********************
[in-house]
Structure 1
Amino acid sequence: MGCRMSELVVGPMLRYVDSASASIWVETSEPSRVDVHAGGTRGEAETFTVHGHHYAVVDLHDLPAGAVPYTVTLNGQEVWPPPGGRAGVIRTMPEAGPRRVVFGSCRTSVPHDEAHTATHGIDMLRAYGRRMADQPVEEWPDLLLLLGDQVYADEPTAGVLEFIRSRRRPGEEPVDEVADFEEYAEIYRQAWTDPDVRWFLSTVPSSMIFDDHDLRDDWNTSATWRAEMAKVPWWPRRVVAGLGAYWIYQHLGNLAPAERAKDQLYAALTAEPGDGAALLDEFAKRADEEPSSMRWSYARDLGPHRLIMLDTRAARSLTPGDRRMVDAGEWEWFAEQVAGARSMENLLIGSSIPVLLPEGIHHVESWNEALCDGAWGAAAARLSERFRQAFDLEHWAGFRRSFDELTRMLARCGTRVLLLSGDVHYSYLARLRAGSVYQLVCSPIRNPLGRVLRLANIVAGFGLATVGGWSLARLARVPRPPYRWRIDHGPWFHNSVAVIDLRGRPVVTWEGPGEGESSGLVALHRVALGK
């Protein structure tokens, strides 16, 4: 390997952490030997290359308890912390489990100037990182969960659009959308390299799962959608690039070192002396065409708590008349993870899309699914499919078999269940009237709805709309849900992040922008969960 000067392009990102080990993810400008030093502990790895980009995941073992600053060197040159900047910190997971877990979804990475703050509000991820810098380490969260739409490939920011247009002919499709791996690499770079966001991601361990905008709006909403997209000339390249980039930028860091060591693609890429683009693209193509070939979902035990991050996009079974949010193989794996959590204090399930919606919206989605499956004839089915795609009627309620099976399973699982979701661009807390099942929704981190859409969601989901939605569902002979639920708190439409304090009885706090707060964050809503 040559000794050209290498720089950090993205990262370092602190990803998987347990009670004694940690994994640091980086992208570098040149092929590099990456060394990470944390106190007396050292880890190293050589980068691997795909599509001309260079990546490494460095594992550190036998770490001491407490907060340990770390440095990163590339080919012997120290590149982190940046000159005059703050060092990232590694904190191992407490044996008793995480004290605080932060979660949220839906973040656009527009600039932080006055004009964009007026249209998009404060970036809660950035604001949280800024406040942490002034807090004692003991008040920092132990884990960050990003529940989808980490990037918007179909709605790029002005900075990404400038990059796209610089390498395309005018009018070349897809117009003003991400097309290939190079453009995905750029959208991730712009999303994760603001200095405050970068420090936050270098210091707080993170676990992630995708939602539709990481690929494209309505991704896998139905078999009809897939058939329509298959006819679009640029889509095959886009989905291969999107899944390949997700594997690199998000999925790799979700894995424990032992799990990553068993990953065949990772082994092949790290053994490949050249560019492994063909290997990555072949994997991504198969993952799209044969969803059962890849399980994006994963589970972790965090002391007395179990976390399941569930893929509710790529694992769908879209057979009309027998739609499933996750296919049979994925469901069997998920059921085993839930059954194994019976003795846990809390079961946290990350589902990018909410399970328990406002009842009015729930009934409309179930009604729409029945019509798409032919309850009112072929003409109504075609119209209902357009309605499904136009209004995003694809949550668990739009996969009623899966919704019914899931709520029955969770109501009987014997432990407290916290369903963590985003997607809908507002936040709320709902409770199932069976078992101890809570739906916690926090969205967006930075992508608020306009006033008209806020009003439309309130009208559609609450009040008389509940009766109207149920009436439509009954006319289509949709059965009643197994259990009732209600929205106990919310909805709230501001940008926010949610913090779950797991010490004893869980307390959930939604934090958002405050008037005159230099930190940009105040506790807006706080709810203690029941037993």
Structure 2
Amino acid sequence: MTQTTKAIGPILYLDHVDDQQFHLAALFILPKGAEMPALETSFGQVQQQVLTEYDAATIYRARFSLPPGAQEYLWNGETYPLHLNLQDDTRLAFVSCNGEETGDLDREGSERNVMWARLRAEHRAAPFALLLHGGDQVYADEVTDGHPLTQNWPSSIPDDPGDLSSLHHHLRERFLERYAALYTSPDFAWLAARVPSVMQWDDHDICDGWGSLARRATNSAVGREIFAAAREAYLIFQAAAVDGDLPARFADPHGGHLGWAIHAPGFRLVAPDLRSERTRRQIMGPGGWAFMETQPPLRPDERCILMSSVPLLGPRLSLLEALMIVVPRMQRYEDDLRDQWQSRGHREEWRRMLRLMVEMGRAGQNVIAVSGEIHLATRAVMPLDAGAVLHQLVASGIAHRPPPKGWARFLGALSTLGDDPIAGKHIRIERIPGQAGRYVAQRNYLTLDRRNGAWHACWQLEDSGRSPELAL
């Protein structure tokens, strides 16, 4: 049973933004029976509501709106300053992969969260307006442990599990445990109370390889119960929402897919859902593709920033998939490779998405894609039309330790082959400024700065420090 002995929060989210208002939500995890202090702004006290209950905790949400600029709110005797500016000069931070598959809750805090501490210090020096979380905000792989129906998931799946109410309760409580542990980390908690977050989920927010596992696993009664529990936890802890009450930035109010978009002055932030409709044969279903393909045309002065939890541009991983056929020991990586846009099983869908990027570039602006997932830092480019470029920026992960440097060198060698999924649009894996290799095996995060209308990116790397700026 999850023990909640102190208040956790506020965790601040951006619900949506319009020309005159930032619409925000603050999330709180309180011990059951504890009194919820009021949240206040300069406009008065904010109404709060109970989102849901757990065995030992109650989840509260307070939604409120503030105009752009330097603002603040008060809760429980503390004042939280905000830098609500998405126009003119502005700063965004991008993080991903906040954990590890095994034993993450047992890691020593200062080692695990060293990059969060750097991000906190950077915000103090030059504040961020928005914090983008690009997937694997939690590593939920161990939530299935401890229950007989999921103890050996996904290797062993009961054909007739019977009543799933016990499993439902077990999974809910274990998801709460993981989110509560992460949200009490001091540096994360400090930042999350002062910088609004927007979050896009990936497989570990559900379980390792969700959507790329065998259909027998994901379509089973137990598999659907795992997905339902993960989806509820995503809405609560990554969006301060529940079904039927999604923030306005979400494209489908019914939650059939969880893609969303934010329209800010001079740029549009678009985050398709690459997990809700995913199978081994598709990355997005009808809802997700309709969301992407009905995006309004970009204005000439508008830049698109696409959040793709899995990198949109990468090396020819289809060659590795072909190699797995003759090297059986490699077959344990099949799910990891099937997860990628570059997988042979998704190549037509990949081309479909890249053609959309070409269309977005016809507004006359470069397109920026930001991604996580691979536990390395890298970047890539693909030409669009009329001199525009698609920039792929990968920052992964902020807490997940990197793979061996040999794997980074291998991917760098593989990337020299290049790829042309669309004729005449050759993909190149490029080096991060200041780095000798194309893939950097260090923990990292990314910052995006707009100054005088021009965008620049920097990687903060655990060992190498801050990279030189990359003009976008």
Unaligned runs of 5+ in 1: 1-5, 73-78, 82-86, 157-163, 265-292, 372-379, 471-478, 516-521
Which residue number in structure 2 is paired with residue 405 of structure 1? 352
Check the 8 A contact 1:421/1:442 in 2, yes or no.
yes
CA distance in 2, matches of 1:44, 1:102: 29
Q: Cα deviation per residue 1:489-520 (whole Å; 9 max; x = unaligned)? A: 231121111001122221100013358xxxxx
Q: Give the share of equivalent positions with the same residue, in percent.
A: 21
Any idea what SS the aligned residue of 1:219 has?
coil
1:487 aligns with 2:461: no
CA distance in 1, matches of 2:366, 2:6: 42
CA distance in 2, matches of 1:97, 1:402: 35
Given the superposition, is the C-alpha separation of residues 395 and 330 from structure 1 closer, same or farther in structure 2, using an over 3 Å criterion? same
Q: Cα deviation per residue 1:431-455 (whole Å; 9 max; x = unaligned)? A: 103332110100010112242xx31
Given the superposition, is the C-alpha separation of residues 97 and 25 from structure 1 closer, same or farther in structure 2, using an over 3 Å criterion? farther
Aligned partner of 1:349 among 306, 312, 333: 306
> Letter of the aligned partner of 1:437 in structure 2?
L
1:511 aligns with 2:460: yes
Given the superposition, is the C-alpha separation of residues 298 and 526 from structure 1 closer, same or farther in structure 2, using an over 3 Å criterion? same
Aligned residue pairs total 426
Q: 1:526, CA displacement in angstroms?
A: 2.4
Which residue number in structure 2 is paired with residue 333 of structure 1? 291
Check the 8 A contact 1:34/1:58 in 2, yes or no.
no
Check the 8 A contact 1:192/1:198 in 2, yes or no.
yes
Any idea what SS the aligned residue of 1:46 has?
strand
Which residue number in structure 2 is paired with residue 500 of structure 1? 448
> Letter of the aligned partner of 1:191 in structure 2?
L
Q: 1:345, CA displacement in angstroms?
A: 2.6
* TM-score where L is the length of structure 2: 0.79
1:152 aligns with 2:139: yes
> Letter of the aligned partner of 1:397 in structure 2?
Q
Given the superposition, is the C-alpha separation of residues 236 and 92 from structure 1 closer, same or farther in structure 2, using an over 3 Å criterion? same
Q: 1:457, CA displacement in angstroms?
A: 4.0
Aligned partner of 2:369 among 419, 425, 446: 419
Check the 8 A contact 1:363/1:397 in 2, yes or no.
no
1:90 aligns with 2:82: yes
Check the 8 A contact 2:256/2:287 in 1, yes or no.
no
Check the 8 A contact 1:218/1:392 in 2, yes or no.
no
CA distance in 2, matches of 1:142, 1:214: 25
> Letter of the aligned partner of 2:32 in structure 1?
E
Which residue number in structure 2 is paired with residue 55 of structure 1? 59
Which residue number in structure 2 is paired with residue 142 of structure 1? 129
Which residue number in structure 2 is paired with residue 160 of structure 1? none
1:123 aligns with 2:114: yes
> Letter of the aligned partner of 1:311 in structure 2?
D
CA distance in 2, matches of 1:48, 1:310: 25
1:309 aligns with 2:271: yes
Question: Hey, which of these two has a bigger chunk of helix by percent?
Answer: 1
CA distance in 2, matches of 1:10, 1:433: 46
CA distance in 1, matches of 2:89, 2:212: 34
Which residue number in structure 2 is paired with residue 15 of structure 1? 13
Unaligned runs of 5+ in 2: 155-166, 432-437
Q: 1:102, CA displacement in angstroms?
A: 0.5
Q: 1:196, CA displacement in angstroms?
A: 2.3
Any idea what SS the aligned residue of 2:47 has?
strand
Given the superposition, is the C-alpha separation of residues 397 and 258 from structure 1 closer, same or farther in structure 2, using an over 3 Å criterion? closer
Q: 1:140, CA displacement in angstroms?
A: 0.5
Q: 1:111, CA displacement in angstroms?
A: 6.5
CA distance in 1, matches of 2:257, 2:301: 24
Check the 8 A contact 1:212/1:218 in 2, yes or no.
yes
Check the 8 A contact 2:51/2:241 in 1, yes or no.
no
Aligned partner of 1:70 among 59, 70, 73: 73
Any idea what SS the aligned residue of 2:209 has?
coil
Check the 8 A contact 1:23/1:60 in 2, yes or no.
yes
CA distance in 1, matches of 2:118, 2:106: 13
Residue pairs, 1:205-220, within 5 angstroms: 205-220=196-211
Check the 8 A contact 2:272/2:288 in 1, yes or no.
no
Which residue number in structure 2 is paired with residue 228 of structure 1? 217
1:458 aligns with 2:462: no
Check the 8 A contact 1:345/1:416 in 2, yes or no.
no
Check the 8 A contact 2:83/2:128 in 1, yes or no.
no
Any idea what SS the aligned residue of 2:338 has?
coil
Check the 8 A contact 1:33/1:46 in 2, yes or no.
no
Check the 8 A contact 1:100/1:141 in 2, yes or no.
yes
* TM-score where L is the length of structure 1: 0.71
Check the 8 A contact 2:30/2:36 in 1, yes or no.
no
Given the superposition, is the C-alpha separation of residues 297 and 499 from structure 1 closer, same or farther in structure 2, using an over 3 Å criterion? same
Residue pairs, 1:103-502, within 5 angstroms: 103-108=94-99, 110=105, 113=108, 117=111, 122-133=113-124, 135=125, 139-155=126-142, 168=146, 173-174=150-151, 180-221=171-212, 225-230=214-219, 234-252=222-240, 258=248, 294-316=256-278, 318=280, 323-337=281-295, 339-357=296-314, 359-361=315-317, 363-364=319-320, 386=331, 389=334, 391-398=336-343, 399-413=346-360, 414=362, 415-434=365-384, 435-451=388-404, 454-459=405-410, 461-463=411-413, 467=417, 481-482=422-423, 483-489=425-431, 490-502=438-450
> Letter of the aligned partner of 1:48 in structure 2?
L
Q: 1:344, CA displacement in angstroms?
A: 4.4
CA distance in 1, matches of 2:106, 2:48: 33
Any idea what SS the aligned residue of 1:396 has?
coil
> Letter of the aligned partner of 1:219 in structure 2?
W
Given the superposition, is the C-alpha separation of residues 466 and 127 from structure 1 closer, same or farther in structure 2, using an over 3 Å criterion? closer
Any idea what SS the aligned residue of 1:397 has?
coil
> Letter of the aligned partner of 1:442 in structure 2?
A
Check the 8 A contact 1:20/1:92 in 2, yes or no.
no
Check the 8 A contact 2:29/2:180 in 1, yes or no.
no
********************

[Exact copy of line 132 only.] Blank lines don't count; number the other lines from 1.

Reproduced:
Check the 8 A contact 1:20/1:92 in 2, yes or no.